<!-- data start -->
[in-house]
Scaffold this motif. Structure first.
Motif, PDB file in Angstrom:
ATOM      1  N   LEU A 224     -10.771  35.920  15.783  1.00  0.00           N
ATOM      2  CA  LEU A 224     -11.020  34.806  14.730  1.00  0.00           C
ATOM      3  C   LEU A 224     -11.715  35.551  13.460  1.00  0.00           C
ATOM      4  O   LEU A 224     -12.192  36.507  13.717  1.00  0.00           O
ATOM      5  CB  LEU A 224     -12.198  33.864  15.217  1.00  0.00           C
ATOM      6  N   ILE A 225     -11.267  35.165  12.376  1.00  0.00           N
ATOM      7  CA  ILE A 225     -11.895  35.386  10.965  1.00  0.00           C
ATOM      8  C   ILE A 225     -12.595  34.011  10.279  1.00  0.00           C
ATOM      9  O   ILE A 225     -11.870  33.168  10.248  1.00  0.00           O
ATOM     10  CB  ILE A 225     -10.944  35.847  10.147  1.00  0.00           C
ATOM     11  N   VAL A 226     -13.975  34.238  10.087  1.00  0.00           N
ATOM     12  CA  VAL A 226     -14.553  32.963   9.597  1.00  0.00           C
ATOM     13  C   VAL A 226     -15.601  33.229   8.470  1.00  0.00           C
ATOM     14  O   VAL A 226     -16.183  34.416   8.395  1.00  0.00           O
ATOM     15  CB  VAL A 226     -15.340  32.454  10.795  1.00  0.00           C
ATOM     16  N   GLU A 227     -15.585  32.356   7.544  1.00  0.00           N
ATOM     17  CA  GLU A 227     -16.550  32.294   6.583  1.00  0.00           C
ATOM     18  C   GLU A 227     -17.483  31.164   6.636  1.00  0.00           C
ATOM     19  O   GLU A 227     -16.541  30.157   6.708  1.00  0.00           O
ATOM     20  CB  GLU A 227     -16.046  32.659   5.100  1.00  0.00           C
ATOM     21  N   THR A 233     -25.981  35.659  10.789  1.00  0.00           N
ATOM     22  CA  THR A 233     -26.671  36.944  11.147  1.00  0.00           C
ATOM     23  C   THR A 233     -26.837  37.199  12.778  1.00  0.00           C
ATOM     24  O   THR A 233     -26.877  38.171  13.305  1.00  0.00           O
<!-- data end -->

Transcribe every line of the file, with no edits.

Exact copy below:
[in-house]
Scaffold this motif. Structure first.
Motif, PDB file in Angstrom:
ATOM      1  N   LEU A 224     -10.771  35.920  15.783  1.00  0.00           N
ATOM      2  CA  LEU A 224     -11.020  34.806  14.730  1.00  0.00           C
ATOM      3  C   LEU A 224     -11.715  35.551  13.460  1.00  0.00           C
ATOM      4  O   LEU A 224     -12.192  36.507  13.717  1.00  0.00           O
ATOM      5  CB  LEU A 224     -12.198  33.864  15.217  1.00  0.00           C
ATOM      6  N   ILE A 225     -11.267  35.165  12.376  1.00  0.00           N
ATOM      7  CA  ILE A 225     -11.895  35.386  10.965  1.00  0.00           C
ATOM      8  C   ILE A 225     -12.595  34.011  10.279  1.00  0.00           C
ATOM      9  O   ILE A 225     -11.870  33.168  10.248  1.00  0.00           O
ATOM     10  CB  ILE A 225     -10.944  35.847  10.147  1.00  0.00           C
ATOM     11  N   VAL A 226     -13.975  34.238  10.087  1.00  0.00           N
ATOM     12  CA  VAL A 226     -14.553  32.963   9.597  1.00  0.00           C
ATOM     13  C   VAL A 226     -15.601  33.229   8.470  1.00  0.00           C
ATOM     14  O   VAL A 226     -16.183  34.416   8.395  1.00  0.00           O
ATOM     15  CB  VAL A 226     -15.340  32.454  10.795  1.00  0.00           C
ATOM     16  N   GLU A 227     -15.585  32.356   7.544  1.00  0.00           N
ATOM     17  CA  GLU A 227     -16.550  32.294   6.583  1.00  0.00           C
ATOM     18  C   GLU A 227     -17.483  31.164   6.636  1.00  0.00           C
ATOM     19  O   GLU A 227     -16.541  30.157   6.708  1.00  0.00           O
ATOM     20  CB  GLU A 227     -16.046  32.659   5.100  1.00  0.00           C
ATOM     21  N   THR A 233     -25.981  35.659  10.789  1.00  0.00           N
ATOM     22  CA  THR A 233     -26.671  36.944  11.147  1.00  0.00           C
ATOM     23  C   THR A 233     -26.837  37.199  12.778  1.00  0.00           C
ATOM     24  O   THR A 233     -26.877  38.171  13.305  1.00  0.00           O